Alberta NDP’s beer tax contravenes Canadian internal trade rules: panel
A spokesperson for Alberta Finance Minister Joe Ceci says the government is “still reviewing the decision” and will have more to say in the coming days after a panel ruled late last week that the controversial beer tax put in place by Rachel Notley’s government violates the province’s free trade obligations under Canada’s Agreement on Internal Trade (AIT).
On Friday, a three-person panel with the Agreement on Internal Trade said new tax rules for small brewers announced by the NDP in 2015 amount to discrimination against craft beer produced in other provinces.
LISTEN: Talk show host Rob Breakenridge speaks to Artisan Ales’ Mike Tessier.
The panel was tasked with looking into a complaint filed by Artisan Ales Consulting Inc., a Calgary-based company that represents dozens of brewers across Canada. Artisan Ales argued an Alberta government policy announced in 2015 – that said small brewers outside the New West Partnership (British Columbia, Alberta, and Saskatchewan) would be taxed at a rate higher than small breweries within the New West Partnership provinces – broke trade rules.
In 2016, the government adjusted its policy so that all craft brewers would be taxed at the same rate but to allow for Alberta brewers to receive rebates if they meet certain criteria.
However, in Friday’s ruling, the majority of the AIT panel found that both the 2015 tax provisions and the subsequent changes introduced in 2016 contravened free trade provisions in the AIT.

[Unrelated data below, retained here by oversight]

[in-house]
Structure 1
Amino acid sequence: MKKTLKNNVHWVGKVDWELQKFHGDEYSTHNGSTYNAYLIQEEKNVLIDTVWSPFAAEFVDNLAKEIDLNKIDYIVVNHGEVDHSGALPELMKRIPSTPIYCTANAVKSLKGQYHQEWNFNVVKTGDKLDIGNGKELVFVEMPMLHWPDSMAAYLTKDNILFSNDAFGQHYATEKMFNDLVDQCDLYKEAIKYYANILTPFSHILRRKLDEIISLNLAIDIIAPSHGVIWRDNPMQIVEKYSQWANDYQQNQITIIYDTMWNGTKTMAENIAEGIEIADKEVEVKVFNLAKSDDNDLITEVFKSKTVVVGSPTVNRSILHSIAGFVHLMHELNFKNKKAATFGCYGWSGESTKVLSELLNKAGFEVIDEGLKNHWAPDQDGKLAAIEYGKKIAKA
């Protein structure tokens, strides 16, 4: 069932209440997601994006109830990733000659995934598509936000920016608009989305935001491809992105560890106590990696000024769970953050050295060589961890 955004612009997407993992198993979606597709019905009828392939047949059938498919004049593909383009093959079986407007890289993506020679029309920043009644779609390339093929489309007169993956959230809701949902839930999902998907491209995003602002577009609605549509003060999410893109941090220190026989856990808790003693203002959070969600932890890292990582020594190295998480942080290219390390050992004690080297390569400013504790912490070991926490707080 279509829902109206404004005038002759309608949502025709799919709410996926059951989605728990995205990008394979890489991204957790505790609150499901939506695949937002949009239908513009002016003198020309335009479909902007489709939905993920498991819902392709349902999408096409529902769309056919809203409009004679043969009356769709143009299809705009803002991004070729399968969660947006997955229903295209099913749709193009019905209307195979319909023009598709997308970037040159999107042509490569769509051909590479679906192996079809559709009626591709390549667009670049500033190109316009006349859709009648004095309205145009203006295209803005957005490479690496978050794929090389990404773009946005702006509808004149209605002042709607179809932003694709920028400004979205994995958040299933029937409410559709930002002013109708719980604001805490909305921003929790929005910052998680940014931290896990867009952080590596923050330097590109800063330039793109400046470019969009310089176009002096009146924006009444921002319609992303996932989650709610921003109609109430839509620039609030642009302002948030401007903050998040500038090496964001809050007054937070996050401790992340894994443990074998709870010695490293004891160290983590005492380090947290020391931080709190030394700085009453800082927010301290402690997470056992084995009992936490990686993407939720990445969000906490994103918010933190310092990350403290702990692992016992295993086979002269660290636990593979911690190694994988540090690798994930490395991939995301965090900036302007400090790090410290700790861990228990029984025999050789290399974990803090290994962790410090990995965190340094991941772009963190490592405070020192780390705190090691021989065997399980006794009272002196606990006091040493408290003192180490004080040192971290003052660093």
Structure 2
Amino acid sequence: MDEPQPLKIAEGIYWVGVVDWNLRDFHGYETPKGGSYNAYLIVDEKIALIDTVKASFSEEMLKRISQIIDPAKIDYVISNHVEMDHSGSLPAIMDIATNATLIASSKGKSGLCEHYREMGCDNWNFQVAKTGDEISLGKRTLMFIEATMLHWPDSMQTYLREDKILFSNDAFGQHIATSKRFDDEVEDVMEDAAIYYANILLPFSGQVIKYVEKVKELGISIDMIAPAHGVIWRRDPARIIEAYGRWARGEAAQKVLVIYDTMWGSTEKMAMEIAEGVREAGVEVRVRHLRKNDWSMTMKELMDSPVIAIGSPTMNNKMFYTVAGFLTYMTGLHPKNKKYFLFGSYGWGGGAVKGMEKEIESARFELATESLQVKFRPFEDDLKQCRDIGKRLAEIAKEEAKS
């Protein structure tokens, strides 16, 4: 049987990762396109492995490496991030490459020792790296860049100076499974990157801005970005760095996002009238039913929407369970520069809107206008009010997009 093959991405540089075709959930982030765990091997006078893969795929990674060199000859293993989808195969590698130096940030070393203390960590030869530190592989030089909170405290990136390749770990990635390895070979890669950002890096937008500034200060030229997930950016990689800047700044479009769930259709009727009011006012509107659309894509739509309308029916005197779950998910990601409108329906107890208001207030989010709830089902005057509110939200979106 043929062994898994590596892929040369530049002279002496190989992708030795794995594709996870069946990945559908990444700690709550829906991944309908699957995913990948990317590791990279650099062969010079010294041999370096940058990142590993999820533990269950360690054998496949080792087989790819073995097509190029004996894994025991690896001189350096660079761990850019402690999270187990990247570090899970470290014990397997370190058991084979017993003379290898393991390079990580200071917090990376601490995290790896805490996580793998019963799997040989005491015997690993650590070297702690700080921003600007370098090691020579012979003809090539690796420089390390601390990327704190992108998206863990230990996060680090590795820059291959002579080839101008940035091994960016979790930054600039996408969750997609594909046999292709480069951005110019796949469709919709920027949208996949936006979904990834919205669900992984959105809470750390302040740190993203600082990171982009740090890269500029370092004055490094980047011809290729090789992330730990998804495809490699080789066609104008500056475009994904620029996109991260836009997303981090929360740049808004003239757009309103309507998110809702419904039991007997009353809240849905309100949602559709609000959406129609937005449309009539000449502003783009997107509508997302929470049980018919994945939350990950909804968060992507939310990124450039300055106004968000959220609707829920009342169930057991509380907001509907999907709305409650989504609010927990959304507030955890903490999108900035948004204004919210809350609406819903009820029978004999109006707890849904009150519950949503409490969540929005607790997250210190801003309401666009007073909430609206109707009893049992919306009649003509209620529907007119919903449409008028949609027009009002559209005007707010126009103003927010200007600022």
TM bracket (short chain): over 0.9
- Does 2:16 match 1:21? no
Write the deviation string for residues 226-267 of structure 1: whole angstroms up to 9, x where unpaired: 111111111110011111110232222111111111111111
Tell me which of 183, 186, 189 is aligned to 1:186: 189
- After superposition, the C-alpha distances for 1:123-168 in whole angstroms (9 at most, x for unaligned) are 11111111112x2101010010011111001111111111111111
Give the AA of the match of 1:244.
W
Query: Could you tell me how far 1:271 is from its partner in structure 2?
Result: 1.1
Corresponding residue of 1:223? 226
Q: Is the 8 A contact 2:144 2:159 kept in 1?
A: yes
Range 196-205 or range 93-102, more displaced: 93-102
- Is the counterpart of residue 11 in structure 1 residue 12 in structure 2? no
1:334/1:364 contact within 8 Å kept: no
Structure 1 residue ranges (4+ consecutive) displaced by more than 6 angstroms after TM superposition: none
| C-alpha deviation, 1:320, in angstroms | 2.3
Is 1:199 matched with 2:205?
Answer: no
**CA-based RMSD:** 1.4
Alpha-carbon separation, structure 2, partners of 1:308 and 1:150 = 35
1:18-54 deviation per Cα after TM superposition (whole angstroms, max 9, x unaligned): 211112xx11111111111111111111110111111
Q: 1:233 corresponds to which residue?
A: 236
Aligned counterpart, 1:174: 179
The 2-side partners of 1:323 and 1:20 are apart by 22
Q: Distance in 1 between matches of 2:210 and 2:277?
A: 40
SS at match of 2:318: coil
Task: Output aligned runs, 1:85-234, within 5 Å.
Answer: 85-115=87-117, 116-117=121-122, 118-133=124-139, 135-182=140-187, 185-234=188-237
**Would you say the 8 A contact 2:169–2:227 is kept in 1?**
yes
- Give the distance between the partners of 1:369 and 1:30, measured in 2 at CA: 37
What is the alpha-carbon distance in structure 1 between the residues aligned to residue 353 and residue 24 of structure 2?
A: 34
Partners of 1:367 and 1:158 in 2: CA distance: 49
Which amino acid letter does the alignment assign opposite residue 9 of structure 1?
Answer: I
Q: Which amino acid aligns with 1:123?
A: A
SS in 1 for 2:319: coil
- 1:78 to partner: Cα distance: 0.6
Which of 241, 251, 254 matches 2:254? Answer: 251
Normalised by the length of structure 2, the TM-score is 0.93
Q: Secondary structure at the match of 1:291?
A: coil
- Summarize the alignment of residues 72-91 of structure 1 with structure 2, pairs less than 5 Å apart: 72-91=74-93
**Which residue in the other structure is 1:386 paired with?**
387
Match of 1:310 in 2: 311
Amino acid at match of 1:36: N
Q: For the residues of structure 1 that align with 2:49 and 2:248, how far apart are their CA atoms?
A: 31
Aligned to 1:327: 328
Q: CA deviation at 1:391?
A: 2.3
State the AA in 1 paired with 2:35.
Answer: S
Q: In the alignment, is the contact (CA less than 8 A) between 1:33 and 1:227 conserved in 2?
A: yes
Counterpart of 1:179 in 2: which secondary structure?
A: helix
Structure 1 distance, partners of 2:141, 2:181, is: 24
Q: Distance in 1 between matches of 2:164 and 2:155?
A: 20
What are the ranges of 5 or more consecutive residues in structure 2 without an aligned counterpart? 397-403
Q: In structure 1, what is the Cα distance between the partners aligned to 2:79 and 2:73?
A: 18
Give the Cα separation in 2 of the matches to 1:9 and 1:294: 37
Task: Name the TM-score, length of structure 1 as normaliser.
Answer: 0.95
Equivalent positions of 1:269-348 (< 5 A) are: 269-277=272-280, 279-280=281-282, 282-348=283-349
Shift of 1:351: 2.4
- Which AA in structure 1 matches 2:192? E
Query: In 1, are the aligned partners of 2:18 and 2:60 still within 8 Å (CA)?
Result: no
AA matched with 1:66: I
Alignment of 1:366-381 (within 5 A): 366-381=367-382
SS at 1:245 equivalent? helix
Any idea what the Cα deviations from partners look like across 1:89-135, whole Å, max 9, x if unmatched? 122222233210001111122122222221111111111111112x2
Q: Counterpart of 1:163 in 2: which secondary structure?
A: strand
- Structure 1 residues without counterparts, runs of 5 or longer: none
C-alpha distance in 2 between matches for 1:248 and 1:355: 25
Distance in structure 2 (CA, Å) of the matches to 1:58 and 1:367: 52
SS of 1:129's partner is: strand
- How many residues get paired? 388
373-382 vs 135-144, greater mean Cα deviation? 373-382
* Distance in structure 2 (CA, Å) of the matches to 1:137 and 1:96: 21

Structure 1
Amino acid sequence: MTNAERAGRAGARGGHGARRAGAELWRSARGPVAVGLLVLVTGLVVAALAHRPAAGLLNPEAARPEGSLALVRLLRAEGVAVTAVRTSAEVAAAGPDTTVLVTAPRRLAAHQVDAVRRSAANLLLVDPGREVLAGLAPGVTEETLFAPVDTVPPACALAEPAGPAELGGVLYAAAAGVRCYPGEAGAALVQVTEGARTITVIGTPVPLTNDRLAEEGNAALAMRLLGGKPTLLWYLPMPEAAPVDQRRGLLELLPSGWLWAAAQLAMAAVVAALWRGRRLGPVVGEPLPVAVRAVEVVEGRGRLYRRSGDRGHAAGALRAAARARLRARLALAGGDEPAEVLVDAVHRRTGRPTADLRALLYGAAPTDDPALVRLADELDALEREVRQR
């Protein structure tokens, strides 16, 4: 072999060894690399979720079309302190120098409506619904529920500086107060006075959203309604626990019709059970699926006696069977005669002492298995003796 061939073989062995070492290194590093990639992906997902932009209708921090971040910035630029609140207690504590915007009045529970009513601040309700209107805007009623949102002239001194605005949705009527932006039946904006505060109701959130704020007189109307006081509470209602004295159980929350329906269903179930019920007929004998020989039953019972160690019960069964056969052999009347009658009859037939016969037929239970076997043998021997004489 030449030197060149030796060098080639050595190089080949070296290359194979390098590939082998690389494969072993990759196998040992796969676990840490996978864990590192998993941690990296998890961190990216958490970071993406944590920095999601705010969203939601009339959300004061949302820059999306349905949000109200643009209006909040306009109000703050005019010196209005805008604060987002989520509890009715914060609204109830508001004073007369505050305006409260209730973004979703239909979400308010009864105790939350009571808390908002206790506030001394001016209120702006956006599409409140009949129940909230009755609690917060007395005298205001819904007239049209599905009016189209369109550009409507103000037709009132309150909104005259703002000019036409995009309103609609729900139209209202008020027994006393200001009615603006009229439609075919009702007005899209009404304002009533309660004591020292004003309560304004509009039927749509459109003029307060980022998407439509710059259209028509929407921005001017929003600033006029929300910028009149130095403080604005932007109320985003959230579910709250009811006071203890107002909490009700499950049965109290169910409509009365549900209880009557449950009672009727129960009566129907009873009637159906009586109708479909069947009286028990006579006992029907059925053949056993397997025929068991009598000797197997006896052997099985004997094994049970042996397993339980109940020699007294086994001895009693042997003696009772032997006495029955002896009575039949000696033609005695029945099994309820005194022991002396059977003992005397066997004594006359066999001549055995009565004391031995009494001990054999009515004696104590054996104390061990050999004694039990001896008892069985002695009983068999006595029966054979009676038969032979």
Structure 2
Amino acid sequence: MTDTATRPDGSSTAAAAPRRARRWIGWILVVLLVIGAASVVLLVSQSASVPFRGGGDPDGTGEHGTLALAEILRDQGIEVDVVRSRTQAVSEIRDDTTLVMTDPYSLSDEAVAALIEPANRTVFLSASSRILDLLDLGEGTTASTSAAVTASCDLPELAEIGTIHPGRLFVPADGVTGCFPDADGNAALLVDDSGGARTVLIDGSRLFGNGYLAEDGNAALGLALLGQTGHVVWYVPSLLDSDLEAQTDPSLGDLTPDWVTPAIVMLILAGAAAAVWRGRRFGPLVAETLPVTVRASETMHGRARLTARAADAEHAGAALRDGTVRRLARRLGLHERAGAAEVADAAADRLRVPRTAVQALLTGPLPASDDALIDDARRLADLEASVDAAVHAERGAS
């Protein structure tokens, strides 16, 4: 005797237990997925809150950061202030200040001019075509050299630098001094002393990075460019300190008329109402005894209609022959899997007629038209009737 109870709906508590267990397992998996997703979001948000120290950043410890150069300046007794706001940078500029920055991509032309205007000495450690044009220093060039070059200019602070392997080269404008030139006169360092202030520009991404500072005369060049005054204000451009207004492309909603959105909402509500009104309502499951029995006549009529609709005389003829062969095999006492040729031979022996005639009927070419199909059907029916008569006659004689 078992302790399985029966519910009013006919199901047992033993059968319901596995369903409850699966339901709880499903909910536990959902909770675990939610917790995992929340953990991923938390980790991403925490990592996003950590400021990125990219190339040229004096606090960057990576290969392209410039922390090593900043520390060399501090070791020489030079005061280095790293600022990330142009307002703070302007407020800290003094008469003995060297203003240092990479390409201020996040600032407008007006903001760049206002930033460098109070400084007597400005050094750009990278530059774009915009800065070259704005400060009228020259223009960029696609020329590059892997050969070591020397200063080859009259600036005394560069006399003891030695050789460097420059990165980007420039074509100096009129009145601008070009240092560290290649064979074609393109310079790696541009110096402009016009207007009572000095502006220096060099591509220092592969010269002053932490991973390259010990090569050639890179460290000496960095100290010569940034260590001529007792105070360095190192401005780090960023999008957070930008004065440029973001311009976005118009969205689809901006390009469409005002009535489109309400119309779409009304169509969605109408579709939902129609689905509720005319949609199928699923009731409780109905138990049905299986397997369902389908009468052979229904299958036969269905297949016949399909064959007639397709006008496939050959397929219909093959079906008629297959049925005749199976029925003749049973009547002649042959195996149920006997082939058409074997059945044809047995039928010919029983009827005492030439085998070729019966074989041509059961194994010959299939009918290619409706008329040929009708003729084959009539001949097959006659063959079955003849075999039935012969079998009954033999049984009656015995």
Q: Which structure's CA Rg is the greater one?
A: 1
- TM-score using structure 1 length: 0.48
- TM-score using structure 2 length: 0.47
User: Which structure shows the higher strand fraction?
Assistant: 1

Watch below: In July 2016, Shallima Maharaj filed this report about changes coming to the way beer is priced in Alberta.
The panel said “Artisan, as well as others importing beer into Alberta or brewing beer for import into Alberta, including Saskatchewan breweries, have suffered injury due to the measures” and called for Alberta to change its beer tax scheme so that it is compliant with the AIT “as soon as possible.”
Watch below: In June 2017, a Calgary beer importer was taking on the Alberta government, claiming a new beer tax was tanking their business.
A lawyer with the Canadian Constitution Foundation, a registered charity that says its mission “is to defend the constitutional freedoms of Canadians through education, communication and litigation,” issued a statement in response to Friday’s ruling.
“Hopefully this time the Government of Alberta gets the message: new taxes that discriminate against out-of-province craft beer not only hurt consumers by reducing selection and driving up the price of popular products, they violate the free-trade principles enshrined in our constitution and reflected in the Agreement on Internal Trade,” Derek From said. “Alberta should lower its beer tax back to pre-2015 levels so that we can once again become the best place in the country to brew, buy, and drink craft beer.”
You can read the AIT panel’s decision in its entirety below.
© 2017 Global News, a division of Corus Entertainment Inc.